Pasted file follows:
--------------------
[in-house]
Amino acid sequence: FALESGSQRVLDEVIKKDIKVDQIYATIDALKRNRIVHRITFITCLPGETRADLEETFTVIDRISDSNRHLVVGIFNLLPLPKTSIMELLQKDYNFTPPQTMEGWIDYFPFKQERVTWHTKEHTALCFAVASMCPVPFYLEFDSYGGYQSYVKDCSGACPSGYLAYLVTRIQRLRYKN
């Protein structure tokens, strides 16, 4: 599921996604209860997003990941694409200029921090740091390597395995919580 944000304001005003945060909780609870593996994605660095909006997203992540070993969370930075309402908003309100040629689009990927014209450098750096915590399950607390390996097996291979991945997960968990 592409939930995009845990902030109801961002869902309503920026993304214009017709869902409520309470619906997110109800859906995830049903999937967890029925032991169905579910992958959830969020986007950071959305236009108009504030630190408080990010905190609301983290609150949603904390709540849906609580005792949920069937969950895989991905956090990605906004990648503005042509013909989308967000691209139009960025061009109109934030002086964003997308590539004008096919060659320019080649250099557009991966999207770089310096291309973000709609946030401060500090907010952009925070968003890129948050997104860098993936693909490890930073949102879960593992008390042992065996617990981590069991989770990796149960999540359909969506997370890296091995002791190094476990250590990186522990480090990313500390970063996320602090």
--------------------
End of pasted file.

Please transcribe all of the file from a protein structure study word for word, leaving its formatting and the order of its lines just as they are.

[in-house]
Amino acid sequence: FALESGSQRVLDEVIKKDIKVDQIYATIDALKRNRIVHRITFITCLPGETRADLEETFTVIDRISDSNRHLVVGIFNLLPLPKTSIMELLQKDYNFTPPQTMEGWIDYFPFKQERVTWHTKEHTALCFAVASMCPVPFYLEFDSYGGYQSYVKDCSGACPSGYLAYLVTRIQRLRYKN
């Protein structure tokens, strides 16, 4: 599921996604209860997003990941694409200029921090740091390597395995919580 944000304001005003945060909780609870593996994605660095909006997203992540070993969370930075309402908003309100040629689009990927014209450098750096915590399950607390390996097996291979991945997960968990 592409939930995009845990902030109801961002869902309503920026993304214009017709869902409520309470619906997110109800859906995830049903999937967890029925032991169905579910992958959830969020986007950071959305236009108009504030630190408080990010905190609301983290609150949603904390709540849906609580005792949920069937969950895989991905956090990605906004990648503005042509013909989308967000691209139009960025061009109109934030002086964003997308590539004008096919060659320019080649250099557009991966999207770089310096291309973000709609946030401060500090907010952009925070968003890129948050997104860098993936693909490890930073949102879960593992008390042992065996617990981590069991989770990796149960999540359909969506997370890296091995002791190094476990250590990186522990480090990313500390970063996320602090």